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Ancient and modern steps during the domestication of guinea pigs (Cavia porcellus L.)


Angel E. Spotorno, Laboratorio de Genómica Evolutiva de Mamíferos, ICBM, Facultad de Medicina, Universidad de Chile, Casilla 70061, Santiago 7, Chile.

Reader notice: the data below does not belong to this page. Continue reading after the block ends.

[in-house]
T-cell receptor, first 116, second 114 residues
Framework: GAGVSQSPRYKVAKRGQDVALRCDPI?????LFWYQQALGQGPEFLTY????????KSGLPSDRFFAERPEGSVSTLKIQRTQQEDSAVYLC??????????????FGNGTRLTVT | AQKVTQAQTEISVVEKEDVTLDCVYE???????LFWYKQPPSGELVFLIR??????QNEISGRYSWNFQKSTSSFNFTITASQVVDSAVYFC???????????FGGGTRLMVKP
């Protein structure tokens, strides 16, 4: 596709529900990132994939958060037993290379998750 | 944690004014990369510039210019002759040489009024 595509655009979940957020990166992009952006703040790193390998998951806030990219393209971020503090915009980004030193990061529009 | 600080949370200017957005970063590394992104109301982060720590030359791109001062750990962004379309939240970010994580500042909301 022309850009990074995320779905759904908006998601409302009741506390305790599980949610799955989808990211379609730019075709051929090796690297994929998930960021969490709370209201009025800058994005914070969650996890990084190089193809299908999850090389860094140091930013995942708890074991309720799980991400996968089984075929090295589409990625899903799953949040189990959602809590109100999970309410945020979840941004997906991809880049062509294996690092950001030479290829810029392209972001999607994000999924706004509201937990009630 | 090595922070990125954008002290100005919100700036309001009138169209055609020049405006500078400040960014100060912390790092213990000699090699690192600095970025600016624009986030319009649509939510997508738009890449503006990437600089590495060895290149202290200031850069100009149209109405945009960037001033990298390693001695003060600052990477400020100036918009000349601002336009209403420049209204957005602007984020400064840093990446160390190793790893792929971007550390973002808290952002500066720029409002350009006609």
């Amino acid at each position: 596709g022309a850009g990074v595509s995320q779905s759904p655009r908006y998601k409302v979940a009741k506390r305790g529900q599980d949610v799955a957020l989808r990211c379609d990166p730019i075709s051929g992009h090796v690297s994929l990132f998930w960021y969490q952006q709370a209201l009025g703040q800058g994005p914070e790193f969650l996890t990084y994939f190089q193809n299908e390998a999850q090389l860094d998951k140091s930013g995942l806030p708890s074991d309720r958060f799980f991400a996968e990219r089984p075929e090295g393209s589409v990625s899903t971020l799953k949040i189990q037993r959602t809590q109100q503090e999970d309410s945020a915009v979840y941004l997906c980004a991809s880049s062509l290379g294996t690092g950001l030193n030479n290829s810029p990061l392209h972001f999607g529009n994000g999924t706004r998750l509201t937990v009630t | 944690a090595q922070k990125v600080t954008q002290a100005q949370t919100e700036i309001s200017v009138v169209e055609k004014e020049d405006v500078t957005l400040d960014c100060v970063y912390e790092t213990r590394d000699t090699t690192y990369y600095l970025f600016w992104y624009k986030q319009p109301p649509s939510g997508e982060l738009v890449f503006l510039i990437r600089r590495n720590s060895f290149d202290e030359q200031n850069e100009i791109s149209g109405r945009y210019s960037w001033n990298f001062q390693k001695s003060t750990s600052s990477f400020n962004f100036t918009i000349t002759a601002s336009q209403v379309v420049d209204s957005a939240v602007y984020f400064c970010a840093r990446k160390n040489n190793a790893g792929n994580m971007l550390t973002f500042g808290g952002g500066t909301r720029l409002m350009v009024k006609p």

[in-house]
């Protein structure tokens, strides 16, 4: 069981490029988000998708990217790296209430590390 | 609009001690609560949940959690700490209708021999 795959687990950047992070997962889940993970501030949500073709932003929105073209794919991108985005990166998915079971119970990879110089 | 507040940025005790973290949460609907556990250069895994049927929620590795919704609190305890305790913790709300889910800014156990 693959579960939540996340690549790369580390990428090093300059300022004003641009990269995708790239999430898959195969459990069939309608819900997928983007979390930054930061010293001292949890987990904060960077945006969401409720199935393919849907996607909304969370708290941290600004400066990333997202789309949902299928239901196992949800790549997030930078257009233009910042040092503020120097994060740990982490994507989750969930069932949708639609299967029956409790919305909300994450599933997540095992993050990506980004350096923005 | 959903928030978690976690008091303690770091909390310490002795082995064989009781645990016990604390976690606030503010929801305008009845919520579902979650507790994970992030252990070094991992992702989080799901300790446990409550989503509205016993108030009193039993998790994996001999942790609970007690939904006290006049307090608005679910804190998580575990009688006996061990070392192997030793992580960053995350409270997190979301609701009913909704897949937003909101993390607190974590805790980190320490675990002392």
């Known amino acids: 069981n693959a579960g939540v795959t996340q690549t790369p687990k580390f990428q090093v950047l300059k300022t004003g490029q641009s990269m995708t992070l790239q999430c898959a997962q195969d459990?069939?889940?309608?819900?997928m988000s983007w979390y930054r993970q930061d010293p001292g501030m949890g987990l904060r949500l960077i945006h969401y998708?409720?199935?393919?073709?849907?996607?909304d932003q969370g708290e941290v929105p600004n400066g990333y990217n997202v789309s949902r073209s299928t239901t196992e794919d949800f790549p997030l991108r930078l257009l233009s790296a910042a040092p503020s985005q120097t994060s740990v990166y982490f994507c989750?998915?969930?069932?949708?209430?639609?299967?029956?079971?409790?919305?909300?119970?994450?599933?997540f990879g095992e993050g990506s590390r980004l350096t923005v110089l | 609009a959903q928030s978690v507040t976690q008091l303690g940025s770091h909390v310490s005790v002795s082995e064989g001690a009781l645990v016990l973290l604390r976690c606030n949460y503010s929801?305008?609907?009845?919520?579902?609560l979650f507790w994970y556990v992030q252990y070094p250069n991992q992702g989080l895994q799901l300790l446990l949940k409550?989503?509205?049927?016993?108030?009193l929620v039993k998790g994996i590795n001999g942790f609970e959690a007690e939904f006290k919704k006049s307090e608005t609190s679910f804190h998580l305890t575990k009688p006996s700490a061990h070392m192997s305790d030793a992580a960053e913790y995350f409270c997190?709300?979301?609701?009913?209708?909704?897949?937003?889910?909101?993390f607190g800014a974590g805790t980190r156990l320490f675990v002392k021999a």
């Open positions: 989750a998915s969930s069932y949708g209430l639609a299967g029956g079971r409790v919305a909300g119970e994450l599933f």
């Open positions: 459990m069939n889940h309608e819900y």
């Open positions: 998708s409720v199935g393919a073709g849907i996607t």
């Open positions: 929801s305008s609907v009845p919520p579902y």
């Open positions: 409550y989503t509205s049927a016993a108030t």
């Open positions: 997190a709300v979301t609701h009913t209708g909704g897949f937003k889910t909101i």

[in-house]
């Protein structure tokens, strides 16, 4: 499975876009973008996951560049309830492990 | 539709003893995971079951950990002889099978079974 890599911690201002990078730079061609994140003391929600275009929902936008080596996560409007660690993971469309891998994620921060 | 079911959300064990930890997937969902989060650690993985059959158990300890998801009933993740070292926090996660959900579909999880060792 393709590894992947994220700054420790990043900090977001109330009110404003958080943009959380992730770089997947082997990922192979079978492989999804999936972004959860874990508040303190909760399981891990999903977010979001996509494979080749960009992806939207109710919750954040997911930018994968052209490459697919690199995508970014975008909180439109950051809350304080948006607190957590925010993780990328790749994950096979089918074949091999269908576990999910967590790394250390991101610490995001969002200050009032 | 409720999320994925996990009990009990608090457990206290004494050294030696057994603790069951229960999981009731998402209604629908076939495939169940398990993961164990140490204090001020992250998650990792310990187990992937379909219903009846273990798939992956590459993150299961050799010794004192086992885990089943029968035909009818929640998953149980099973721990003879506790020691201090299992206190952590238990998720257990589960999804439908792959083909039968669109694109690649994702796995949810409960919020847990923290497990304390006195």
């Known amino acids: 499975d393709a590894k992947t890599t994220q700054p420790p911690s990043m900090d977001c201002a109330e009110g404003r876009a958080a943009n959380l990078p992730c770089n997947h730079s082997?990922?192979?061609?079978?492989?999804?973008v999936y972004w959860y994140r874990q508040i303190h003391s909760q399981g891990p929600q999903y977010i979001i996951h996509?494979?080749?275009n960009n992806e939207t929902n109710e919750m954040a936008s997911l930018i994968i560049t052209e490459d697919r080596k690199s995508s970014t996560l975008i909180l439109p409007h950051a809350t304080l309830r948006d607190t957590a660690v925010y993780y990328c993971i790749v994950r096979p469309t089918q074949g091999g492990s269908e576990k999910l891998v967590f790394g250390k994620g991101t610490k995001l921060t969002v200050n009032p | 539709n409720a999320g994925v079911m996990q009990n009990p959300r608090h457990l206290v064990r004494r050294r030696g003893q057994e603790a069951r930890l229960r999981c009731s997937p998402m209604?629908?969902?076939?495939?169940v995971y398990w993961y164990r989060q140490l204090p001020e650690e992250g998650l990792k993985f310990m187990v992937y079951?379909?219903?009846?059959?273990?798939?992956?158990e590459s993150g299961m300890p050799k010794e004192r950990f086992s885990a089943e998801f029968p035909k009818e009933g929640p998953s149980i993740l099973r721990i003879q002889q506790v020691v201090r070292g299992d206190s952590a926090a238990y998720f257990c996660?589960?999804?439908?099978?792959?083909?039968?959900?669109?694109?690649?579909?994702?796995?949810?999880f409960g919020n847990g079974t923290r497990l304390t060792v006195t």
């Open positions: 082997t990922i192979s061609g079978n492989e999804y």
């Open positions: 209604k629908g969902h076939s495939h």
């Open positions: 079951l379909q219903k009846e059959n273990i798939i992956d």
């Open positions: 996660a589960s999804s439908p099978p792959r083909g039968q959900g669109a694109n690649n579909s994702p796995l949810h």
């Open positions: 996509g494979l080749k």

To test whether there are differences between living lineages of domestic guinea pigs Cavia porcellus, we studied 118 specimens from six breeds collected along six Andean countries as well as 15 from the wild cavy species (Cavia tschudii). The mean weight and body length of 15 adult wild cavies (295±31 g, 242±8.3 mm) were significantly smaller than 25 creole guinea pigs from Bolivia and Chile (639±157 g, 287±23.7 mm, respectively). Eighteen laboratory/pet guinea pigs (including the English Pirbright breed) were also smaller (900±173 g, 308±21 mm) than 25 improved ones from Peru (Tamborada breed, 1241±75.4 g, 317±12 mm) and Ecuador (Auqui breed, 1138±65.5 g, 307±8 mm). Similar size increases appeared in the first axis of a principal component analysis of six skeletal measurements, recovering 84% of total variation. Phylogenetic and haplotype analyses of complete cytochrome b gene sequences consistently joined all 22 domestic individuals (13 shared unambiguous substitutions, 100% bootstrap in 1000 replicates), probably from a single first ancient domestication in the western Andes. Six laboratory/pet sequences were also joined within a common branch (six shared substitutions, 96% bootstrap), probably from a documented European second phase. By contrast, those from improved Auqui joined a northern creole subgroup (one shared substitution, 84% bootstrap), and those from Nativa and improved Tamborada clustered together and with a southern creole subgroup (four shared substitutions, 86% bootstrap); this suggests at least two independent modern events during a more complex third phase, producing two improved guinea pigs selected for size and meat. Cavia tschudii sequences showed some unexpected geographic variation.

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